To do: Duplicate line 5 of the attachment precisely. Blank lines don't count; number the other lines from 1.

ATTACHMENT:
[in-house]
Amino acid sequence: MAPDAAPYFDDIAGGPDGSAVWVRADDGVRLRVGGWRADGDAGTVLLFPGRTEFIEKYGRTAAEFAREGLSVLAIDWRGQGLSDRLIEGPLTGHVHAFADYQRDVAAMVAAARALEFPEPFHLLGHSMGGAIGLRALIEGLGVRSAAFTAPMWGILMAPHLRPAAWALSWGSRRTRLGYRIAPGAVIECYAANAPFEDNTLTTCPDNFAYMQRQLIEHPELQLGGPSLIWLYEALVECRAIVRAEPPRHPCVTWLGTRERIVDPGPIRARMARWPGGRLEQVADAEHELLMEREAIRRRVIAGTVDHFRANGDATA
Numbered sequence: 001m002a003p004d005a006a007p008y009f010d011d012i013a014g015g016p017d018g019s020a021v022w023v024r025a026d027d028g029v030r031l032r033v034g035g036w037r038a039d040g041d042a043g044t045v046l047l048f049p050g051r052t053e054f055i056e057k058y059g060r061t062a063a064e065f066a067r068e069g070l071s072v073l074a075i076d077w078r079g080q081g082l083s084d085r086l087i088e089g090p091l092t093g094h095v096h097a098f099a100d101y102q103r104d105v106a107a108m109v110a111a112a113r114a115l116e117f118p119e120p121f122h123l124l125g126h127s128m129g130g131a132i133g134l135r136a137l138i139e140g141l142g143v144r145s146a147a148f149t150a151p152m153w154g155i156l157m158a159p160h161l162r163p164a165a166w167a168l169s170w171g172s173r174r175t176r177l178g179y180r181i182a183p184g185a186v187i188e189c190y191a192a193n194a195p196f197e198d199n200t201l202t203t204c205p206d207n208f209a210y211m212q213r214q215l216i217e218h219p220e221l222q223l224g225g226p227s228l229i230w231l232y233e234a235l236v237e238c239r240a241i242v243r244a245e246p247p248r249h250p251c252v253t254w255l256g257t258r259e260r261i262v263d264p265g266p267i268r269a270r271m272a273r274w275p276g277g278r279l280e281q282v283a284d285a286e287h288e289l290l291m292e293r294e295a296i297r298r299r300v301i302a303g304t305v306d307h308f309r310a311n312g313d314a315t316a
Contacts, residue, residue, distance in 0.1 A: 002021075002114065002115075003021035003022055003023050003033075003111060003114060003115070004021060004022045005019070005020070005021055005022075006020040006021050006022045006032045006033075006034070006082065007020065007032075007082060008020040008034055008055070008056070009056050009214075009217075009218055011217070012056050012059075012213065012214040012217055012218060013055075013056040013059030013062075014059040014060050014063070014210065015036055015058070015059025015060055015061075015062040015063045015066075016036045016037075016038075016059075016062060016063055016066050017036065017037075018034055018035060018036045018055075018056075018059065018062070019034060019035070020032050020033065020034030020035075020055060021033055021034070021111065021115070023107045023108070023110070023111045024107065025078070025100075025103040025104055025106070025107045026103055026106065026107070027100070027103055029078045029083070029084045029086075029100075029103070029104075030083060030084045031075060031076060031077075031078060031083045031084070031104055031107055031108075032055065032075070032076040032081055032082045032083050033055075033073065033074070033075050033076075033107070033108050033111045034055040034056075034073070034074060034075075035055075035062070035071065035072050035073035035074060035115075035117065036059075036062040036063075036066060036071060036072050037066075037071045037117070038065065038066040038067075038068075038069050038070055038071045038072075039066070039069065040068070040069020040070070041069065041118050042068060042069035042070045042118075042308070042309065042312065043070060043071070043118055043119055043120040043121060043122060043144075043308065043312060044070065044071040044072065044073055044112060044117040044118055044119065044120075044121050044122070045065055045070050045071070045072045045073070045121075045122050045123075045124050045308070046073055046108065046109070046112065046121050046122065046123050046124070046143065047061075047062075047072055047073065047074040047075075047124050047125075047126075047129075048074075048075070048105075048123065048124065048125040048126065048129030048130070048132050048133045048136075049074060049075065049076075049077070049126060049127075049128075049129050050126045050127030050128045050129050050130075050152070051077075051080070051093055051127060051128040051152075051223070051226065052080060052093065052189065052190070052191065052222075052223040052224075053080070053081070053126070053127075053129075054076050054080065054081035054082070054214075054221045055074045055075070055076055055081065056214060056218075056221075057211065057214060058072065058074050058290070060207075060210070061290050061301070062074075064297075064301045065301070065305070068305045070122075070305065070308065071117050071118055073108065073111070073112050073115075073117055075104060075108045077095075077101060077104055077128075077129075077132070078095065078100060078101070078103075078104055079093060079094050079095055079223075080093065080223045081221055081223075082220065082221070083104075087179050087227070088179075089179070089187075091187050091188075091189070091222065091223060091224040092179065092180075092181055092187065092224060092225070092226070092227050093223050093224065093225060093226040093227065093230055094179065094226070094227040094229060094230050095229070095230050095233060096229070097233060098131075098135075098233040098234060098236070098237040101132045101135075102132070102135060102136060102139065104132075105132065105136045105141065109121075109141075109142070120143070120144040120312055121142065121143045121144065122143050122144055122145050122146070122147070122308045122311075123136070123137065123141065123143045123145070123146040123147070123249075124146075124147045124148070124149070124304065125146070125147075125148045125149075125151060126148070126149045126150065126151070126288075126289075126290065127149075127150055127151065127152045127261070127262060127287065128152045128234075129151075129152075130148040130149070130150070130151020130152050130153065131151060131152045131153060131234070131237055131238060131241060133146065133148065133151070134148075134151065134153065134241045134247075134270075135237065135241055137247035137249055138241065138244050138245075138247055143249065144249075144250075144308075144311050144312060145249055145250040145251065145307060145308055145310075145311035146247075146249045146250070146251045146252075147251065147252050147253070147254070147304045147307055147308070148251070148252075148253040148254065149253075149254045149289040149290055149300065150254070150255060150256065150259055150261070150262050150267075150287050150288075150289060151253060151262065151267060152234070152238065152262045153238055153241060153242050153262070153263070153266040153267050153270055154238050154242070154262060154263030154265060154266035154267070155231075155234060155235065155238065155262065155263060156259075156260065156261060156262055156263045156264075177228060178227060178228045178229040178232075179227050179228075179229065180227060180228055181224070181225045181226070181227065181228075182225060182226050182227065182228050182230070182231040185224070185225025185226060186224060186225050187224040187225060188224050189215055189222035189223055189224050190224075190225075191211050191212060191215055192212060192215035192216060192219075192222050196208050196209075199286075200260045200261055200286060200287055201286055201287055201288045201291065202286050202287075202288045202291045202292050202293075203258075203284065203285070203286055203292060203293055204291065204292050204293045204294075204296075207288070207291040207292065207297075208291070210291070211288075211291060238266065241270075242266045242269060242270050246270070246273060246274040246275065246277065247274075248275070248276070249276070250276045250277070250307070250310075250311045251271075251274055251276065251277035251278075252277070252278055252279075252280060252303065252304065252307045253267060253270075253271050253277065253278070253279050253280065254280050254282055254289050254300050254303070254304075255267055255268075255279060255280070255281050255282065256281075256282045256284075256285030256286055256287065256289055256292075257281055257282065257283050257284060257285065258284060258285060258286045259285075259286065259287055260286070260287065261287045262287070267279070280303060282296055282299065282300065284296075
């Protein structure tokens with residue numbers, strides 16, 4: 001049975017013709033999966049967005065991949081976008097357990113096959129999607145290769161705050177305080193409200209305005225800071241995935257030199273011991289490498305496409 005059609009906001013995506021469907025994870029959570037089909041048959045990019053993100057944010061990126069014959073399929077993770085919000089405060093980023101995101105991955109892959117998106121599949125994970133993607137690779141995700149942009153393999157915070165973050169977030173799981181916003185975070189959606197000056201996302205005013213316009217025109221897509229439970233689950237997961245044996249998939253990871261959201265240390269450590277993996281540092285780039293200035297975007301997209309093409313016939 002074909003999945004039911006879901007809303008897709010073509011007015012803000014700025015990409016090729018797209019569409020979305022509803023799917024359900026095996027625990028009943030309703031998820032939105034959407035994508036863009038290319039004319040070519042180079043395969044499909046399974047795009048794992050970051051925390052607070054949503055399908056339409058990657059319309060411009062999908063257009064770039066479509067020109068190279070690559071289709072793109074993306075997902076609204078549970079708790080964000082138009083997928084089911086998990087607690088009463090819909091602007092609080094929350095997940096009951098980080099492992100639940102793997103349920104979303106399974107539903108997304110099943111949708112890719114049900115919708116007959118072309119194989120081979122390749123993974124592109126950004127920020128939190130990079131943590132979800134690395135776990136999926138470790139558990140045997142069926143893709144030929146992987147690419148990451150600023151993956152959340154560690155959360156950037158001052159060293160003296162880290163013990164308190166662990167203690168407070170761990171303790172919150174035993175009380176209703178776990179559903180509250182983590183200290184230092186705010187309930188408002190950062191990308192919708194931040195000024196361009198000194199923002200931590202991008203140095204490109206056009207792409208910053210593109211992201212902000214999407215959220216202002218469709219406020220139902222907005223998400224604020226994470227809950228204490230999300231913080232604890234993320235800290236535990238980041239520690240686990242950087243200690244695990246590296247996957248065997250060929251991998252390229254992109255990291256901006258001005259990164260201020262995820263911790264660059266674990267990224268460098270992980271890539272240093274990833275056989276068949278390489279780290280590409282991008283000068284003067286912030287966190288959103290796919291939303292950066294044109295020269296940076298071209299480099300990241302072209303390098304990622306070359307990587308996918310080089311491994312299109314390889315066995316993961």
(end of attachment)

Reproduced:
């Protein structure tokens with residue numbers, strides 16, 4: 001049975017013709033999966049967005065991949081976008097357990113096959129999607145290769161705050177305080193409200209305005225800071241995935257030199273011991289490498305496409 005059609009906001013995506021469907025994870029959570037089909041048959045990019053993100057944010061990126069014959073399929077993770085919000089405060093980023101995101105991955109892959117998106121599949125994970133993607137690779141995700149942009153393999157915070165973050169977030173799981181916003185975070189959606197000056201996302205005013213316009217025109221897509229439970233689950237997961245044996249998939253990871261959201265240390269450590277993996281540092285780039293200035297975007301997209309093409313016939 002074909003999945004039911006879901007809303008897709010073509011007015012803000014700025015990409016090729018797209019569409020979305022509803023799917024359900026095996027625990028009943030309703031998820032939105034959407035994508036863009038290319039004319040070519042180079043395969044499909046399974047795009048794992050970051051925390052607070054949503055399908056339409058990657059319309060411009062999908063257009064770039066479509067020109068190279070690559071289709072793109074993306075997902076609204078549970079708790080964000082138009083997928084089911086998990087607690088009463090819909091602007092609080094929350095997940096009951098980080099492992100639940102793997103349920104979303106399974107539903108997304110099943111949708112890719114049900115919708116007959118072309119194989120081979122390749123993974124592109126950004127920020128939190130990079131943590132979800134690395135776990136999926138470790139558990140045997142069926143893709144030929146992987147690419148990451150600023151993956152959340154560690155959360156950037158001052159060293160003296162880290163013990164308190166662990167203690168407070170761990171303790172919150174035993175009380176209703178776990179559903180509250182983590183200290184230092186705010187309930188408002190950062191990308192919708194931040195000024196361009198000194199923002200931590202991008203140095204490109206056009207792409208910053210593109211992201212902000214999407215959220216202002218469709219406020220139902222907005223998400224604020226994470227809950228204490230999300231913080232604890234993320235800290236535990238980041239520690240686990242950087243200690244695990246590296247996957248065997250060929251991998252390229254992109255990291256901006258001005259990164260201020262995820263911790264660059266674990267990224268460098270992980271890539272240093274990833275056989276068949278390489279780290280590409282991008283000068284003067286912030287966190288959103290796919291939303292950066294044109295020269296940076298071209299480099300990241302072209303390098304990622306070359307990587308996918310080089311491994312299109314390889315066995316993961």